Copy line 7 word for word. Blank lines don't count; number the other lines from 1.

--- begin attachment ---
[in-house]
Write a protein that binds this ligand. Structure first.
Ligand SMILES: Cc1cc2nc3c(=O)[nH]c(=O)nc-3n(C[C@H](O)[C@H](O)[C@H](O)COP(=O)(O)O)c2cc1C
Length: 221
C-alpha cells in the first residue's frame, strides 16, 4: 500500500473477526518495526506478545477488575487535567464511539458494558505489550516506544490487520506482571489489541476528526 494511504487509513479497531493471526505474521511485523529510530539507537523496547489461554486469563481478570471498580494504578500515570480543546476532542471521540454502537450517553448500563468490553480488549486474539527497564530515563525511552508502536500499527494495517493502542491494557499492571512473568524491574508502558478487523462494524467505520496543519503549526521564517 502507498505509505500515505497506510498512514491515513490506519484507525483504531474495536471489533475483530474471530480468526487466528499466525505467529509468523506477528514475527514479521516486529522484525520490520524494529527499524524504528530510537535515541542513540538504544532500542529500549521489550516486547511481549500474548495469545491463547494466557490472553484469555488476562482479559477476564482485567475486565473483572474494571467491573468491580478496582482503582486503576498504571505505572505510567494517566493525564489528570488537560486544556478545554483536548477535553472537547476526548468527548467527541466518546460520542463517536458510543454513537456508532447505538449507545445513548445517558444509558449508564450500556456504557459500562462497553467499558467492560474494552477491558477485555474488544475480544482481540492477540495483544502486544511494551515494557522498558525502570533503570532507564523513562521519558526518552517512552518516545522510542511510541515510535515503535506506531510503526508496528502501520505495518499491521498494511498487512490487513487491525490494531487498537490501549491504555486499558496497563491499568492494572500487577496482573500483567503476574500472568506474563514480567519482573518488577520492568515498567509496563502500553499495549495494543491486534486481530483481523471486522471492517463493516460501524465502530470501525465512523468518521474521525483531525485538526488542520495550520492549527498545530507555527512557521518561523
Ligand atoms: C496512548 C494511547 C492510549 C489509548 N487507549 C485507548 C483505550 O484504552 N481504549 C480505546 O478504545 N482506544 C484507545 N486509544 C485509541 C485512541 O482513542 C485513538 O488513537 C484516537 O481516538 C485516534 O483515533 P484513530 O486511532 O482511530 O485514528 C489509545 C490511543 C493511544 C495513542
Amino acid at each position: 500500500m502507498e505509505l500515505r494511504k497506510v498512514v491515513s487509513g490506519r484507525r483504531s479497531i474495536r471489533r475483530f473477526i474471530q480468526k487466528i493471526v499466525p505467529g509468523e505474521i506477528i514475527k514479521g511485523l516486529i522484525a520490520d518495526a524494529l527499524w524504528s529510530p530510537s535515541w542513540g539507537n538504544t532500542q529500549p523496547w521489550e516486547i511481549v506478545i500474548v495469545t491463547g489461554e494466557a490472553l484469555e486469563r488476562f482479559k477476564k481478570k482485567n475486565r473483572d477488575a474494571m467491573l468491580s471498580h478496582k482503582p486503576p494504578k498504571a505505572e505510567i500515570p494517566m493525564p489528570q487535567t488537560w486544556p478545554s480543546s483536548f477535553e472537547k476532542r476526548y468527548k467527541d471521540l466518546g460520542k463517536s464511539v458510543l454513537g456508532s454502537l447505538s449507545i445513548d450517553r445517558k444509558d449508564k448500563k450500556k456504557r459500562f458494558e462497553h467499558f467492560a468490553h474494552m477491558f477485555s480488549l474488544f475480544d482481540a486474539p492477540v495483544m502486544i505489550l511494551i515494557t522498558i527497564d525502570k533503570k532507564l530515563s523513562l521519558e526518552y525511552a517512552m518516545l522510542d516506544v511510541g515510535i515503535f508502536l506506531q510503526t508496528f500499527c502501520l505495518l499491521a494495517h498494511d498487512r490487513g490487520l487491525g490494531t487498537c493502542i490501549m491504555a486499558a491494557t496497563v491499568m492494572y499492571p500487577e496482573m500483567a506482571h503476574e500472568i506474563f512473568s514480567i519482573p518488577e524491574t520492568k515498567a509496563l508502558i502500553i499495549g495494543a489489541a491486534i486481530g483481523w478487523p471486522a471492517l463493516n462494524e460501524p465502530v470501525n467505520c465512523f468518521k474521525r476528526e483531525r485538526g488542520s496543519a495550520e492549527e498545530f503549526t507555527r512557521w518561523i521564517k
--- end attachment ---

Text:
Amino acid at each position: 500500500m502507498e505509505l500515505r494511504k497506510v498512514v491515513s487509513g490506519r484507525r483504531s479497531i474495536r471489533r475483530f473477526i474471530q480468526k487466528i493471526v499466525p505467529g509468523e505474521i506477528i514475527k514479521g511485523l516486529i522484525a520490520d518495526a524494529l527499524w524504528s529510530p530510537s535515541w542513540g539507537n538504544t532500542q529500549p523496547w521489550e516486547i511481549v506478545i500474548v495469545t491463547g489461554e494466557a490472553l484469555e486469563r488476562f482479559k477476564k481478570k482485567n475486565r473483572d477488575a474494571m467491573l468491580s471498580h478496582k482503582p486503576p494504578k498504571a505505572e505510567i500515570p494517566m493525564p489528570q487535567t488537560w486544556p478545554s480543546s483536548f477535553e472537547k476532542r476526548y468527548k467527541d471521540l466518546g460520542k463517536s464511539v458510543l454513537g456508532s454502537l447505538s449507545i445513548d450517553r445517558k444509558d449508564k448500563k450500556k456504557r459500562f458494558e462497553h467499558f467492560a468490553h474494552m477491558f477485555s480488549l474488544f475480544d482481540a486474539p492477540v495483544m502486544i505489550l511494551i515494557t522498558i527497564d525502570k533503570k532507564l530515563s523513562l521519558e526518552y525511552a517512552m518516545l522510542d516506544v511510541g515510535i515503535f508502536l506506531q510503526t508496528f500499527c502501520l505495518l499491521a494495517h498494511d498487512r490487513g490487520l487491525g490494531t487498537c493502542i490501549m491504555a486499558a491494557t496497563v491499568m492494572y499492571p500487577e496482573m500483567a506482571h503476574e500472568i506474563f512473568s514480567i519482573p518488577e524491574t520492568k515498567a509496563l508502558i502500553i499495549g495494543a489489541a491486534i486481530g483481523w478487523p471486522a471492517l463493516n462494524e460501524p465502530v470501525n467505520c465512523f468518521k474521525r476528526e483531525r485538526g488542520s496543519a495550520e492549527e498545530f503549526t507555527r512557521w518561523i521564517k